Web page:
Interactive visualisation

Once you have mastered this level of visualisation, you enter an altogether new phase in which you can begin to let go of your rigid control of the scene, allowing it to drift very lightly in your imagination. Your subconscious should take over at this point and you will find that the scene seems to be taking on a life of its own. This enables you to peer around with a little more freedom. What you are looking for, are any forms, images or objects which you, yourself, did not introduce into the scene. You may now be amazed to find that the scene has become more fluid and images, emotions or impressions are spontaneously presenting themselves to you. These spontaneous feelings or images have only two possible sources. Either they are symbolic messages from your own subconscious mind or inner self, or are originating outside of your mind and may be a message from an angel or guide.
Once you begin to see strange impressions or images ‘popping up’ in your scene, note what is happening and slowly withdraw from your visualisation to reflect on their meaning. Later on you may even find that whole scenes begin to unfold spontaneously and everything becomes almost like a continuous dream, although you are still fully awake.
Never just end a visualisation by suddenly stopping and opening your eyes. You have to gain the trust of your subconscious mind and this means being responsible enough not to shut down while it is communicating with you. When you decide to end your visualisation, first see yourself at least partially completing your original intention and task. For example, give thanks, leave the room and close the door, walk back into the garden and return to the place you started. At this point you can open your eyes and return to full awareness.
You now need to recall the objects or images you saw spontaneously appearing in your visualisation in terms of your own past experience and current paradigm of thinking. If you are able to discover that they apply directly to your present situation, you have most likely received guidance from your own subconscious. However, if your interpretation suggests new information, it could very well be from an angel or spiritual guide.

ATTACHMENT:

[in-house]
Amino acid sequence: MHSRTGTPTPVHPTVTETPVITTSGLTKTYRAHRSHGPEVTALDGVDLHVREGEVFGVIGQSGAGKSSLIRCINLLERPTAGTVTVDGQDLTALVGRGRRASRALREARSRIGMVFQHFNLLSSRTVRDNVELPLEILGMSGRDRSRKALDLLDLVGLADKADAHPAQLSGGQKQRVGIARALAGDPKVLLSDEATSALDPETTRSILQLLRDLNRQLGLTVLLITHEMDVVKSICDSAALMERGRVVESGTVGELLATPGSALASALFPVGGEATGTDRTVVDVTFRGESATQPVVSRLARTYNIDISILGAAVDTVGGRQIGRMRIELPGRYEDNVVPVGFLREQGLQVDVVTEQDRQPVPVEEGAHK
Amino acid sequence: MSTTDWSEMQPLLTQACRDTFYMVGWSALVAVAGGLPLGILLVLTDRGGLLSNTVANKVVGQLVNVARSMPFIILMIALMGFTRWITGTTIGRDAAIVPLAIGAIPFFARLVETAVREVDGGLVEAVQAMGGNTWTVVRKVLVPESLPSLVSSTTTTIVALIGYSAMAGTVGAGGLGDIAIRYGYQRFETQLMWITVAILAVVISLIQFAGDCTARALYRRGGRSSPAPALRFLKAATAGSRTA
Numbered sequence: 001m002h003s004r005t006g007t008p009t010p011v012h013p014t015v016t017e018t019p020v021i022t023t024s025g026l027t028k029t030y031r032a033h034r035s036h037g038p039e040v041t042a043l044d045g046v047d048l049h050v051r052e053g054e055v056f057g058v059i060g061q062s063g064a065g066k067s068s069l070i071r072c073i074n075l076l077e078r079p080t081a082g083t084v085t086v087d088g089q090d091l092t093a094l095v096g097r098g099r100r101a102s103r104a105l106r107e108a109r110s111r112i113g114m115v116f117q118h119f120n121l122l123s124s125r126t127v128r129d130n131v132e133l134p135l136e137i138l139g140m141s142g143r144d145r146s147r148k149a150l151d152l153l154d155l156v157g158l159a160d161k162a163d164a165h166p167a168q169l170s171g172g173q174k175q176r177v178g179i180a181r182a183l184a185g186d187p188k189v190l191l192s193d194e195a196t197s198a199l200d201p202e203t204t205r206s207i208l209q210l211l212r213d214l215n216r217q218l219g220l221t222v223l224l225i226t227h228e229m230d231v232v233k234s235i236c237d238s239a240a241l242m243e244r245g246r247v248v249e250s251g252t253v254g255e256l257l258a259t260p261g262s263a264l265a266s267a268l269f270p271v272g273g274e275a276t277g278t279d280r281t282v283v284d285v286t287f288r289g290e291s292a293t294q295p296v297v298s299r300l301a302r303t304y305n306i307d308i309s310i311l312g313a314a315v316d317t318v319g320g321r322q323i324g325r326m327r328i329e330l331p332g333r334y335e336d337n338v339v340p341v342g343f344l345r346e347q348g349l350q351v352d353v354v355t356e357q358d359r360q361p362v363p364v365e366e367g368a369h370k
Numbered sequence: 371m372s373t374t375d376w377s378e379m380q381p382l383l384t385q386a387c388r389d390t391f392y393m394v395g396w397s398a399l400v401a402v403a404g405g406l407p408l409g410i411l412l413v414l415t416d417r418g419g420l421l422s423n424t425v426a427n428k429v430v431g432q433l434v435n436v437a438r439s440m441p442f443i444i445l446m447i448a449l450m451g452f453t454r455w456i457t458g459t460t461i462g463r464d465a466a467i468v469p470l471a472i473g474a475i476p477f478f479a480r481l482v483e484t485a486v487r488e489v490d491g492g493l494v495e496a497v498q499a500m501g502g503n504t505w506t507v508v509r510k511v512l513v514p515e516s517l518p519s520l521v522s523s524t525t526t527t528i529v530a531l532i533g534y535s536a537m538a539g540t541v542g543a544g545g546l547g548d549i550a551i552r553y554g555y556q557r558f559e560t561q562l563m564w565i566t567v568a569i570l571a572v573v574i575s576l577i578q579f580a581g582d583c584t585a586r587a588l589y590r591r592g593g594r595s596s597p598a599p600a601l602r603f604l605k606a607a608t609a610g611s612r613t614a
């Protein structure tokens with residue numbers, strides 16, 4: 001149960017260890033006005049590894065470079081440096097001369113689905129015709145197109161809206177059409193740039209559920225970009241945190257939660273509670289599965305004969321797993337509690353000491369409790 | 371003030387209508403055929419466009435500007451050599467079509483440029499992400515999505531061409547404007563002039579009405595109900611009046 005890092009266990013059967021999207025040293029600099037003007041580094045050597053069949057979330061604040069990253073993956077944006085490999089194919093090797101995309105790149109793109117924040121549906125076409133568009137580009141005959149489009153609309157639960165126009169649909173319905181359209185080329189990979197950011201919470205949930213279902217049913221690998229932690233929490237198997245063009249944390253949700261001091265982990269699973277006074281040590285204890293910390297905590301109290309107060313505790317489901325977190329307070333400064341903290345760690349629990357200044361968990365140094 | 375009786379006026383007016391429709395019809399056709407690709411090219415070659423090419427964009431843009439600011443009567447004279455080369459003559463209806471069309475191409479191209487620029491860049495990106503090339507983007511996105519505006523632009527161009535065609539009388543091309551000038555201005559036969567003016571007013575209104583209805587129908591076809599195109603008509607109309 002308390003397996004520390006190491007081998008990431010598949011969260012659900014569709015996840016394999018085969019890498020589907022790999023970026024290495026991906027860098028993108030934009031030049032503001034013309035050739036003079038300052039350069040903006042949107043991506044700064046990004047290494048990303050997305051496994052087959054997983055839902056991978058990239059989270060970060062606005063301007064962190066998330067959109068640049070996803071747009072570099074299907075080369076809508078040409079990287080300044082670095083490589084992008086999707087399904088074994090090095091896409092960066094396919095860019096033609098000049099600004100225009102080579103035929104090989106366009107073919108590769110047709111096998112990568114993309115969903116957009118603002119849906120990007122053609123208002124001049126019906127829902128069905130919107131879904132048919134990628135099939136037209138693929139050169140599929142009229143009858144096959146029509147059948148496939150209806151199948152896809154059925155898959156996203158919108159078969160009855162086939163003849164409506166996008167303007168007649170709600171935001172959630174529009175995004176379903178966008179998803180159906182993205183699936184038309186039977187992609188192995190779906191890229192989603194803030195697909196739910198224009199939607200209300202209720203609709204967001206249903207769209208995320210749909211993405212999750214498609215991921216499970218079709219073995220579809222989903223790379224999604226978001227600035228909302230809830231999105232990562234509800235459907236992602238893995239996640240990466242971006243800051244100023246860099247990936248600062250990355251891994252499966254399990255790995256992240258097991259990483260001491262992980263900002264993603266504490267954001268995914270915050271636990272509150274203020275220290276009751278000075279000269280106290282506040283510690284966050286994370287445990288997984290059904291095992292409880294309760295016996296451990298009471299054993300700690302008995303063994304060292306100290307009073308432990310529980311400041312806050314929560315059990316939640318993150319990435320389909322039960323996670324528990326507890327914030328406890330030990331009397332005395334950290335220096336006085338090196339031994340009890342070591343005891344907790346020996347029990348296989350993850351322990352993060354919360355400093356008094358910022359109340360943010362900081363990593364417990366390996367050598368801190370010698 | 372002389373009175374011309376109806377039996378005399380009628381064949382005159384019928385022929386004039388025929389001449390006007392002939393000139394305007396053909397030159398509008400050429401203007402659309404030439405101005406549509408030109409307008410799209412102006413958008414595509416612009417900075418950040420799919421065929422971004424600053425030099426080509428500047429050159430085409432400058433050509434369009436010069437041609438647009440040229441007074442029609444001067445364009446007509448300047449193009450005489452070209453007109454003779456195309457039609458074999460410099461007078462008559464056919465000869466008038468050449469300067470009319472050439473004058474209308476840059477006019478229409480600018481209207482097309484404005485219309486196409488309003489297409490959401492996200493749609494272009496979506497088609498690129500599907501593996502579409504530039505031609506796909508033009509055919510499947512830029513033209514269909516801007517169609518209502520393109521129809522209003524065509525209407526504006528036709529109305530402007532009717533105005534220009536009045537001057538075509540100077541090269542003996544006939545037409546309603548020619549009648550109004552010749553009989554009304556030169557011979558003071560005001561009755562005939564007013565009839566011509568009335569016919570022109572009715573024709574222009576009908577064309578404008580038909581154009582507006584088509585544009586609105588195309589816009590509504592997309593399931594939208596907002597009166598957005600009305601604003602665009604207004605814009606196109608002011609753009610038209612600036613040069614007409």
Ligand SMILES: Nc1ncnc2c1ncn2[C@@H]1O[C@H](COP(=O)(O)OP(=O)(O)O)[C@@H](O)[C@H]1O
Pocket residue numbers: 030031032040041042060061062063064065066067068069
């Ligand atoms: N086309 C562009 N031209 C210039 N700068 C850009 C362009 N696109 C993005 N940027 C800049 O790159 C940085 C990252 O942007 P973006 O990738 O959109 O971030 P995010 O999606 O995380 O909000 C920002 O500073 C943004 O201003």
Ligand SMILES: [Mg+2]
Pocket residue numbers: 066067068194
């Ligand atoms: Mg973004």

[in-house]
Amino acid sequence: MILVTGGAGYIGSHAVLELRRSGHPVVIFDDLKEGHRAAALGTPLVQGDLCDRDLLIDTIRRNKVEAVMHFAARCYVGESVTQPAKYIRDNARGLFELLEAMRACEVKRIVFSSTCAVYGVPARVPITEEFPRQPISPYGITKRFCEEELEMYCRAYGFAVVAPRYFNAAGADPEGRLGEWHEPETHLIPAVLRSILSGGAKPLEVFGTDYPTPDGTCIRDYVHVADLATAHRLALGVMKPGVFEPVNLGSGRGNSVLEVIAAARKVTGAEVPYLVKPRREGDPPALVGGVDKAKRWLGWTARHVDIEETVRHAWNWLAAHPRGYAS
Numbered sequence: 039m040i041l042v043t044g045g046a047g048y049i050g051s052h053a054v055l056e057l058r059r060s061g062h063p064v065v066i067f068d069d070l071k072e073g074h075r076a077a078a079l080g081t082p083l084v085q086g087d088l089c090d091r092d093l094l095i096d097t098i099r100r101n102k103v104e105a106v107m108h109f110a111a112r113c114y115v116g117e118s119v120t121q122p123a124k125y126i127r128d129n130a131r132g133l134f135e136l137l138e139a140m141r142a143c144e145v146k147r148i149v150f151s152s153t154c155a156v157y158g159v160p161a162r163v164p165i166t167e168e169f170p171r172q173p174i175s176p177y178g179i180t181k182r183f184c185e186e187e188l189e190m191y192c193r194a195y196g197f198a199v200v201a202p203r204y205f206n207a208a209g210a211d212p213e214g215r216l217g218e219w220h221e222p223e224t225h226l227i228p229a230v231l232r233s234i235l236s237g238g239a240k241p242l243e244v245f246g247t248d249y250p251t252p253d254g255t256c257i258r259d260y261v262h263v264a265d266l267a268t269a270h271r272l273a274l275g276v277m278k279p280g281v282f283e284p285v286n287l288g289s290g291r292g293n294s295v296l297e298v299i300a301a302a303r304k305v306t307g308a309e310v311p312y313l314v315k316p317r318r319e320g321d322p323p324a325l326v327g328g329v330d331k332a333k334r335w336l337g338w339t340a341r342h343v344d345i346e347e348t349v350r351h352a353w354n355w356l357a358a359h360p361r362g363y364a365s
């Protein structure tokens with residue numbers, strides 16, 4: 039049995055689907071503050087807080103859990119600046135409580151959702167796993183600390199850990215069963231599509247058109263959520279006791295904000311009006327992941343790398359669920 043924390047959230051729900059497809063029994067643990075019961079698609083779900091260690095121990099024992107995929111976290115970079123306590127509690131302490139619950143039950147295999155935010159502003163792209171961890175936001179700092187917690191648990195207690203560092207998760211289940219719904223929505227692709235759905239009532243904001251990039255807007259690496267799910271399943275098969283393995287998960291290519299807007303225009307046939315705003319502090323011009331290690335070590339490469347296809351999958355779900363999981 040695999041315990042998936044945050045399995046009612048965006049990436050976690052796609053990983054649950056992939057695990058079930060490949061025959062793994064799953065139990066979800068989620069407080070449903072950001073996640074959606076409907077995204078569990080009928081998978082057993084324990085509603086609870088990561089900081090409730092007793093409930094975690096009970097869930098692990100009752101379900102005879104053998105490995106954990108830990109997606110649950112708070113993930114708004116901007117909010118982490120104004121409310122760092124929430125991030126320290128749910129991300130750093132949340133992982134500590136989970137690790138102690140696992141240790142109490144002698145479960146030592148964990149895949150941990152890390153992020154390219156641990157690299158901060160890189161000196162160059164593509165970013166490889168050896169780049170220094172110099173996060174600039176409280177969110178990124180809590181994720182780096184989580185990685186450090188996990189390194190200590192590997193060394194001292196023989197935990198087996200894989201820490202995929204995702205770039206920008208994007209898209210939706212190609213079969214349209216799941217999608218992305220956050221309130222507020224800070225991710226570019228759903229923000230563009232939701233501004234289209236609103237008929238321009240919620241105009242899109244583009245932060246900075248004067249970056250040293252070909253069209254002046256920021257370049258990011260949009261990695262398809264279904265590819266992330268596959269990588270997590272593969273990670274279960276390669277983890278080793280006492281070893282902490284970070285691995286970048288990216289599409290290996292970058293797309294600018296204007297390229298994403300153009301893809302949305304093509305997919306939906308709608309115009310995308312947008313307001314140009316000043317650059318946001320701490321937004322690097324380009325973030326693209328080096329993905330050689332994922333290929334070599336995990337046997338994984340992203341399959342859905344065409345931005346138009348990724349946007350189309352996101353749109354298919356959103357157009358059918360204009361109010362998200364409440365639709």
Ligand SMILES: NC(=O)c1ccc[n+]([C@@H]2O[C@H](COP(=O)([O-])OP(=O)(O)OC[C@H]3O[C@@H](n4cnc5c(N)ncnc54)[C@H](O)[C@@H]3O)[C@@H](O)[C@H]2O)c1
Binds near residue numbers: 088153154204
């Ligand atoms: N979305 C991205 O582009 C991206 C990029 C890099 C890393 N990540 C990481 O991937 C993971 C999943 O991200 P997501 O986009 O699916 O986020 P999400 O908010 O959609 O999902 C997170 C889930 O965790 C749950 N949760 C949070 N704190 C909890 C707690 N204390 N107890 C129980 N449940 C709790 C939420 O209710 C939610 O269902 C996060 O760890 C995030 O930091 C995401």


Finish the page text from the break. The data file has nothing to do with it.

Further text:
Visualisation and spiritual development

You can now use this technique of spontaneous imagery in your spiritual development. One way to do this is to create true-to-life ongoing dramas or scenarios in your imagination in which you see yourself performing certain tasks which will normally help in your growth and development. For example, you could see yourself as the student of a wise old guru or teacher who answers your questions on God and Spirit. If you apply the technique correctly, you will actually see and hear the teacher giving you inspired answers. Of course, these answers are actually coming from your subconscious or higher self. You could also create a scene in which you visualise angels working on you to release blocks or problems from your past. Your subconscious mind will respond to this and actually bring about the improvements in your consciousness and thinking that you desire.
You can also use visualisation to improve your psychic perception or sight. The reason for this is that your imaging faculty can actually be superimposed on your normal sight. During visualisation you create the ‘psychic screen’ for this to happen. Close your eyes and recreate a picture of the actual room in which you are sitting, including the furniture as well as other people who may be present. Once again, hold the scene lightly and wait for spontaneous changes to take place. For instance, when looking at your visualised images of the people present, you may see figures standing behind them which you did not place there. These are their angels or guides who are using the opportunity to enter your consciousness using the scene you have created. Note any impressions or gestures from these guides, as this will give you important information. As your ability to see guides or angels in this way improves, you can try opening your eyes from time to time and see if you can still detect their images. In this way you will eventually superimpose your visualised ‘seeing’ onto your normal sight.
Always remember to end your visualisation properly, by giving thanks, returning to your starting point and exiting slowly. I hope that these guidelines will assist those of you who are concerned with self- and spiritual development and seeking the greater truths in life.

Author's Bio: 


Jimmy Henderson is a South African based metaphysical teacher and the author of a number of books and articles on self-development. His books Multi-dimensional Thinking (Kima Global, 2007) and Multi-dimensional Perception (2010) are available on He has postgraduate qualifications in both philosophy and psychology.